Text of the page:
NASA's Spitzer Space Telescope sheds light on "alien megastructure" star
KIC 8462852 recently attracted a lot of attention owing to speculation that dramatic dips in the star's lightthat were detected in 2011 and 2013 by NASA's Kepler spacecraftwere due to the presence of vast superstructures created by an advanced alien race. But a new study centering around analysis of data collected by NASA's Spitzer Space Telescope suggests that the mysterious objects occulting the star KIC 8462852 aren't the creations of little green men, but in fact a family of comets.
This alien megastructure theory that recently made news across the globe prompted SETI to task its Allen Telescope Array (ATA) to take readings onthe peculiar star. But so far, the ATA has come upempty, leaving the tantalizing mystery as to the causeof the unusual readings open for debate.
From the outset themajority of the scientific community had stuck to more level ground,instead pointing to possible clouds of debris created from an impactbetween two large bodies, or the presence of comets as the leadingcauses of the occultation.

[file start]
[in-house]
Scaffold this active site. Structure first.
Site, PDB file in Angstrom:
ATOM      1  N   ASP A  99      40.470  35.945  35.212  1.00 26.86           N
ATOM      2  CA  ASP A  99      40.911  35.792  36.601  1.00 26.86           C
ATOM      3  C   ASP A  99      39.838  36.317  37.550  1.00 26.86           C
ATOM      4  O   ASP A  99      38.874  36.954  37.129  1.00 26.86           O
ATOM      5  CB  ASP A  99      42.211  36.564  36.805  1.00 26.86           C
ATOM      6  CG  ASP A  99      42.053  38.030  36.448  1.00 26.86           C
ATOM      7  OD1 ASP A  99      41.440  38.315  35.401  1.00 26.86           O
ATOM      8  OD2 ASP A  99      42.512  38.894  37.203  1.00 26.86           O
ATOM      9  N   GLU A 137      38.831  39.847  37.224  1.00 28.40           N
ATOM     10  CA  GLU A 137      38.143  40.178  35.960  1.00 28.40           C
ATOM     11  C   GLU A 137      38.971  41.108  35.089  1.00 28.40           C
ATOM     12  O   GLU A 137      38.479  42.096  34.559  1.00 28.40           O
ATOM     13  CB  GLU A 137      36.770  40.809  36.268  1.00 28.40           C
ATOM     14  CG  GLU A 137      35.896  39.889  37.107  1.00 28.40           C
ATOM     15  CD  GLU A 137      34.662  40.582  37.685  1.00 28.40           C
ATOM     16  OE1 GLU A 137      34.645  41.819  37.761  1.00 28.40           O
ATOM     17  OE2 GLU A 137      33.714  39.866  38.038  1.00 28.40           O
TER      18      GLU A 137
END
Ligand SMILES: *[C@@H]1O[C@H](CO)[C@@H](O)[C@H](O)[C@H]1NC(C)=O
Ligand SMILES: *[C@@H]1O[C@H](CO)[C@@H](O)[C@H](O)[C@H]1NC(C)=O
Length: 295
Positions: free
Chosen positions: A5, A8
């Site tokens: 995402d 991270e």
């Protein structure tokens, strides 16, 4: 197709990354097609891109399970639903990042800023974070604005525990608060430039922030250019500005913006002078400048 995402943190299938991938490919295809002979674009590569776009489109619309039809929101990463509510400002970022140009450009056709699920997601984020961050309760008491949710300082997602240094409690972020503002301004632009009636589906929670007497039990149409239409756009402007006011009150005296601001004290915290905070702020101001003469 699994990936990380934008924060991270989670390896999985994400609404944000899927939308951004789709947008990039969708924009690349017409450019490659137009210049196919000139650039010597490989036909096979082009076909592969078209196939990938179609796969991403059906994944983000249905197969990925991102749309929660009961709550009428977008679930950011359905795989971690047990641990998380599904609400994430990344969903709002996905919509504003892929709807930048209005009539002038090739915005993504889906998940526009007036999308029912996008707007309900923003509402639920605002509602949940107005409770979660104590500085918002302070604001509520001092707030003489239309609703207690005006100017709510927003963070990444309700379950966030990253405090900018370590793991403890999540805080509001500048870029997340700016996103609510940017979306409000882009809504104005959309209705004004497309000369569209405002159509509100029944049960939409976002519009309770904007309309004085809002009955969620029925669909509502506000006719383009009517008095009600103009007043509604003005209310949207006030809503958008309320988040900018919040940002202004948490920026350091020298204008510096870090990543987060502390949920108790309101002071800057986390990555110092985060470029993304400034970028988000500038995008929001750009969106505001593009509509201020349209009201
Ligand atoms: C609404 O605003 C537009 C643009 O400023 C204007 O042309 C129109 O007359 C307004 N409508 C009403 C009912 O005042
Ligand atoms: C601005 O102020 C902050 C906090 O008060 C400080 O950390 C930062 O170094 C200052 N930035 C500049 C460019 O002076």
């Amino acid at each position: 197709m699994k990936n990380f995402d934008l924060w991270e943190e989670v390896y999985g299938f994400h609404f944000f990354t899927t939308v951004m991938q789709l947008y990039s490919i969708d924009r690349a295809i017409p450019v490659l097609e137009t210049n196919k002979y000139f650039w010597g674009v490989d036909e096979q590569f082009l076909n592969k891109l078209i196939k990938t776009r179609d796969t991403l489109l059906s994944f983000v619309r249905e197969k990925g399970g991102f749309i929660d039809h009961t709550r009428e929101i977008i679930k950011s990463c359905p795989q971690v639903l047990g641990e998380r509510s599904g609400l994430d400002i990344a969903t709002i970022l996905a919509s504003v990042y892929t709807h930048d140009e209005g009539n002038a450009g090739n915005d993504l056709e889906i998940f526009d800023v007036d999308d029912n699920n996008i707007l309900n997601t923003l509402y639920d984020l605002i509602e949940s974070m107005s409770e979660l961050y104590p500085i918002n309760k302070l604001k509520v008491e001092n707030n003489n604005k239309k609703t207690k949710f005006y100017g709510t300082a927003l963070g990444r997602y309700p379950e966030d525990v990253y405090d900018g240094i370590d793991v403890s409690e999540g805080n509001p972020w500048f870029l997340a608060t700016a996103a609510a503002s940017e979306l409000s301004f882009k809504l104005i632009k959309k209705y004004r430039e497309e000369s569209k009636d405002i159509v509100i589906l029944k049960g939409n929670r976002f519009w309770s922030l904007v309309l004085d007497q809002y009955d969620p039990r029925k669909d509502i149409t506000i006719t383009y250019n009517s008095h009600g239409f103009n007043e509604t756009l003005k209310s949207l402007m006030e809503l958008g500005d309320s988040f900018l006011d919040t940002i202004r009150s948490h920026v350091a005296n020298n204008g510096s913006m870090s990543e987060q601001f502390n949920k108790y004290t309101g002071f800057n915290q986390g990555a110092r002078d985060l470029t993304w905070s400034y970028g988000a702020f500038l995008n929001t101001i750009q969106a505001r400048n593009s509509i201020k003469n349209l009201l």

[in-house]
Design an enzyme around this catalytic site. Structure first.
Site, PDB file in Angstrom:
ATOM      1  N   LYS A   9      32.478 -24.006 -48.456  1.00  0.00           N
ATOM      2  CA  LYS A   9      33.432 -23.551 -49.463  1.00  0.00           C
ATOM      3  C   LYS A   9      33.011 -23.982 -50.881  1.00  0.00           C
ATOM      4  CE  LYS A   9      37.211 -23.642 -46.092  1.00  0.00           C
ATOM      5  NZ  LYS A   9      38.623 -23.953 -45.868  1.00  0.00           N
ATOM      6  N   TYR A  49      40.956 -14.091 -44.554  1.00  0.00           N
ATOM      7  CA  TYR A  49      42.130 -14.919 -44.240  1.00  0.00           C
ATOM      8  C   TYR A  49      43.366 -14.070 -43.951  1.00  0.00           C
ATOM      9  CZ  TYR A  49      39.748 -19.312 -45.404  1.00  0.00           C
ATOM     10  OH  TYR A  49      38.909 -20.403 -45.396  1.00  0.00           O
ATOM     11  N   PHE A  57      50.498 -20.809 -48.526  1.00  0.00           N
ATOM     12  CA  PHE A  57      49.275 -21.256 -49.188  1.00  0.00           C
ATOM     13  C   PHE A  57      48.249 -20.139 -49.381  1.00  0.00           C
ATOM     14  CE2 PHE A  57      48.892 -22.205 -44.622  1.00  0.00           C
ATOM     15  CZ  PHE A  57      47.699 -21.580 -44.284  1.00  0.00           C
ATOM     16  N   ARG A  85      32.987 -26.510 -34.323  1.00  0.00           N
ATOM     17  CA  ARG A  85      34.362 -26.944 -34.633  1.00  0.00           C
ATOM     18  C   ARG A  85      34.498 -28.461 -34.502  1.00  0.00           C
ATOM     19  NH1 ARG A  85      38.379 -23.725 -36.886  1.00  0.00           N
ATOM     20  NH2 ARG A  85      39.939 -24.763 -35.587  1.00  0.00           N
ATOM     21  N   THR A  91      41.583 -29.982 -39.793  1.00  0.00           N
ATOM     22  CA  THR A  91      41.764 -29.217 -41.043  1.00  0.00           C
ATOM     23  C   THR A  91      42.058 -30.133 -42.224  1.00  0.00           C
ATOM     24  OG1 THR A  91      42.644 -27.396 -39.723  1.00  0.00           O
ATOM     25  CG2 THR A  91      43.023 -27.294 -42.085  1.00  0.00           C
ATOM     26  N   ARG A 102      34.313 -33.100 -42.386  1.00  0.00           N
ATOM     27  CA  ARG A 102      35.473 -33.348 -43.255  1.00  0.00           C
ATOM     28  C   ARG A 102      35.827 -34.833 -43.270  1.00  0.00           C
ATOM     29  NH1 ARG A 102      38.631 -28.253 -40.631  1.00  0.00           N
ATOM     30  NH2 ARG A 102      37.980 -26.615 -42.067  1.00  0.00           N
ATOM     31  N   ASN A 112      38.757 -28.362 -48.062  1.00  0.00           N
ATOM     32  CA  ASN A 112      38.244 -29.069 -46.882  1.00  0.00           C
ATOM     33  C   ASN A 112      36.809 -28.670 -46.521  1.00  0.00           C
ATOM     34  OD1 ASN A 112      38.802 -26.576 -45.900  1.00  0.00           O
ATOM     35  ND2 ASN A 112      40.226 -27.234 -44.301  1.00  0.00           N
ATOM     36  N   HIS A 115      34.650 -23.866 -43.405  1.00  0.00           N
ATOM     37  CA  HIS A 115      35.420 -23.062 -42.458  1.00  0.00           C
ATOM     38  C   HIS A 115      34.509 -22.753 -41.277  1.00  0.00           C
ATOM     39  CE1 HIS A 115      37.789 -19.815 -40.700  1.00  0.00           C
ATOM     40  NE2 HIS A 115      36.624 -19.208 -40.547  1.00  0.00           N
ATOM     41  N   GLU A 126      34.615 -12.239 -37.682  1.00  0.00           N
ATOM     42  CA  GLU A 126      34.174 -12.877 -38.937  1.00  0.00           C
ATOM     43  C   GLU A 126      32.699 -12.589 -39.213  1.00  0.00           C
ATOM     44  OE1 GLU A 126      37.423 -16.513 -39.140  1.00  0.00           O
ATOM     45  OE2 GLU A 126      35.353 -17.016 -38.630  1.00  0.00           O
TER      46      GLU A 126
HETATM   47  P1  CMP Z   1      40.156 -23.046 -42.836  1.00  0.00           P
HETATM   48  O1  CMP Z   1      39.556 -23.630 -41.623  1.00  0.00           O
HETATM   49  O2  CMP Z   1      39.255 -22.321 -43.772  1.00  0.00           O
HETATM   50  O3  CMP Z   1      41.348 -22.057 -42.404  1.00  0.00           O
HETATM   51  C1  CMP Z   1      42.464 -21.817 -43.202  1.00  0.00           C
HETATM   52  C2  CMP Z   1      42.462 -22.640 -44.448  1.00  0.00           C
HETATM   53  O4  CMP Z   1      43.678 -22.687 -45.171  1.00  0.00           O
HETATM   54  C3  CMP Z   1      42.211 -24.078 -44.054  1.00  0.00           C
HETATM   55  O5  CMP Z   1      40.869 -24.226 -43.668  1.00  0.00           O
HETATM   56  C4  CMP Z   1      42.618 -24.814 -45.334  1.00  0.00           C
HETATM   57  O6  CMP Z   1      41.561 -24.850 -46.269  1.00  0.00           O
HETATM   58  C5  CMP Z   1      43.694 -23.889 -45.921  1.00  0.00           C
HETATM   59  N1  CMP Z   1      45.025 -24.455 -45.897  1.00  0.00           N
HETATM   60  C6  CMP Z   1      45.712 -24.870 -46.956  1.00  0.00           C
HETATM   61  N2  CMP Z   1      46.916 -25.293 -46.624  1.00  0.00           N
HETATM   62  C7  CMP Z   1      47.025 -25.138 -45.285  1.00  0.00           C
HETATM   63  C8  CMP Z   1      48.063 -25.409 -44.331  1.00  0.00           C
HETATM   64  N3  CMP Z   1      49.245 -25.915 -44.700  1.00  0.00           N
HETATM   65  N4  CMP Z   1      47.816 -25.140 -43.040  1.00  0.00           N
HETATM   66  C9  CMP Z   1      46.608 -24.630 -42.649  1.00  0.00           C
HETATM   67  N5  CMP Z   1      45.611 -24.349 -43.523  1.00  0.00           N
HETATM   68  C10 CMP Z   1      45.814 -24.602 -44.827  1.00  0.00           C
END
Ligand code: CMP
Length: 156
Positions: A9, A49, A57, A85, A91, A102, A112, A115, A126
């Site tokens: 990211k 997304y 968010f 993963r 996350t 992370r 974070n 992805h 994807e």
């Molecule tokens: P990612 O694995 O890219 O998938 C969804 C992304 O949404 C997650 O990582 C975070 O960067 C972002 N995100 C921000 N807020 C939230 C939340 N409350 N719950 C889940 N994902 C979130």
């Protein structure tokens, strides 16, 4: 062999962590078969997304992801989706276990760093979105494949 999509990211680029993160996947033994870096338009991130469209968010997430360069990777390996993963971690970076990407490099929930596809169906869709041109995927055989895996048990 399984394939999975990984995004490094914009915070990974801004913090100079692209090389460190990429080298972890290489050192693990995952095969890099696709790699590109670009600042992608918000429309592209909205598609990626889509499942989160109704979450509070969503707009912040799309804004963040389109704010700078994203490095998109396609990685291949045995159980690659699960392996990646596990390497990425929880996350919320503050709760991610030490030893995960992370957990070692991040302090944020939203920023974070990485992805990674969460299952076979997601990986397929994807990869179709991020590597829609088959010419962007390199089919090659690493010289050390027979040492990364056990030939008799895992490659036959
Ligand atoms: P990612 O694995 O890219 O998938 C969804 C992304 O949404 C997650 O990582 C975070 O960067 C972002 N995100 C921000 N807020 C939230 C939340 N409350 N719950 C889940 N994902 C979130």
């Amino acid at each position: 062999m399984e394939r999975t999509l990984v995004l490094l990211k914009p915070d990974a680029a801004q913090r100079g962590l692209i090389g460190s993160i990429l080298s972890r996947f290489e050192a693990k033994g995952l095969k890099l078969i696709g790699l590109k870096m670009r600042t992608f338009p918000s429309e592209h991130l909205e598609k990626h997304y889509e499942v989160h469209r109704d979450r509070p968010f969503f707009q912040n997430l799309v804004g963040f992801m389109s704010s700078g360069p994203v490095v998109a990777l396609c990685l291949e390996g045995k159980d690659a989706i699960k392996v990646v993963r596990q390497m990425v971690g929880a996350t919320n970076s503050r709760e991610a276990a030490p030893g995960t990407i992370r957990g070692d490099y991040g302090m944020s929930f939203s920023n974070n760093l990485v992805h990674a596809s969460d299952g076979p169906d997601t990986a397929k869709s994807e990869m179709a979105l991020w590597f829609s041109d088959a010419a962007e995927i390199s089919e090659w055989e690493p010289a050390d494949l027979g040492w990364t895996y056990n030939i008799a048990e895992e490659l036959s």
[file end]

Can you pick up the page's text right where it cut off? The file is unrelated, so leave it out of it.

If the strangeoccultation observed around KIC 8462852 were to be the result ofdebris from colliding planetoids or asteroids passing in front of thestar, then the fragments would be at temperatures that would causethem to emit infrared light. Therefore, the theory could be tested bytaking aim at the star with an infrared telescope.
Previous observationscarried out by Kepler had detected the phenomenon in the visiblelight spectrum, and so to test the collision theory astronomersanalyzed infrared data collected by the Spitzer space telescope,which had by chance taken readings on KIC 8462852 earlier this year.
An analysis of the datafailed to find any excess of infrared light that would point towardplanetary/asteroid debris as the cause of the dimming. This lack ofevidence places the theory that the dimming of light from KIC 8462852was caused by a family of comets traveling in a highly eccentricorbit.
This theory is supportedby the lack of infrared light picked up in the Spitzer data, as, unlike the warmer impact fragments that would result froma collision, the presence of comets would be nigh on impossible todetect.
In order to explain theunusual occultation pattern, astronomers assert that an enormous leadcomet could have been responsible for the original dimming of lightdetected in 2011, while the 2013 event was the result of a swarm oflesser comets following in the giant's wake.
While this seems likethe most likely explanation, the new evidence pointing to the comettheory is far from conclusive, with further observation needed to reveal the source of the occultation.
"We may not know yet what's going on around this star," says Massimo Marengo of Iowa State University who led this latest study. "But that's what makes it so interesting."
A paper on the findingshas been accepted for publication in the Astrophysical Journal Letters.
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